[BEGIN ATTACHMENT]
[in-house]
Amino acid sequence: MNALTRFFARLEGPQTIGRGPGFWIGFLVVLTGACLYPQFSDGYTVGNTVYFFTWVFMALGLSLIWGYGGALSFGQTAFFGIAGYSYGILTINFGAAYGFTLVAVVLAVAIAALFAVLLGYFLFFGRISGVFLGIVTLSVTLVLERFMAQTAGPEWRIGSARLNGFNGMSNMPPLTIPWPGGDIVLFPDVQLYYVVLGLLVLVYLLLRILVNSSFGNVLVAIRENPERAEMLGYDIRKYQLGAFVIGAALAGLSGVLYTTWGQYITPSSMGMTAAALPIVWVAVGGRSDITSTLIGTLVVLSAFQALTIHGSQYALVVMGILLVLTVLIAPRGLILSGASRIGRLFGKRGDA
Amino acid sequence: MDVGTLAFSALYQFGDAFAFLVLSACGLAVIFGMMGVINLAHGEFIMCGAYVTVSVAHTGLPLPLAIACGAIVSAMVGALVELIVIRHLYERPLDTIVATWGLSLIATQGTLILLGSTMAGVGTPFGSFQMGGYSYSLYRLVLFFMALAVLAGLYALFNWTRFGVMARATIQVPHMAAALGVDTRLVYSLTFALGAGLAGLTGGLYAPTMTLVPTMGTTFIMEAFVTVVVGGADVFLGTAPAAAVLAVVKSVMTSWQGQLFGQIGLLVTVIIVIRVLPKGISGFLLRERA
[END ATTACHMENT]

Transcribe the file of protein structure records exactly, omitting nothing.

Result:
[in-house]
Amino acid sequence: MNALTRFFARLEGPQTIGRGPGFWIGFLVVLTGACLYPQFSDGYTVGNTVYFFTWVFMALGLSLIWGYGGALSFGQTAFFGIAGYSYGILTINFGAAYGFTLVAVVLAVAIAALFAVLLGYFLFFGRISGVFLGIVTLSVTLVLERFMAQTAGPEWRIGSARLNGFNGMSNMPPLTIPWPGGDIVLFPDVQLYYVVLGLLVLVYLLLRILVNSSFGNVLVAIRENPERAEMLGYDIRKYQLGAFVIGAALAGLSGVLYTTWGQYITPSSMGMTAAALPIVWVAVGGRSDITSTLIGTLVVLSAFQALTIHGSQYALVVMGILLVLTVLIAPRGLILSGASRIGRLFGKRGDA
Amino acid sequence: MDVGTLAFSALYQFGDAFAFLVLSACGLAVIFGMMGVINLAHGEFIMCGAYVTVSVAHTGLPLPLAIACGAIVSAMVGALVELIVIRHLYERPLDTIVATWGLSLIATQGTLILLGSTMAGVGTPFGSFQMGGYSYSLYRLVLFFMALAVLAGLYALFNWTRFGVMARATIQVPHMAAALGVDTRLVYSLTFALGAGLAGLTGGLYAPTMTLVPTMGTTFIMEAFVTVVVGGADVFLGTAPAAAVLAVVKSVMTSWQGQLFGQIGLLVTVIIVIRVLPKGISGFLLRERA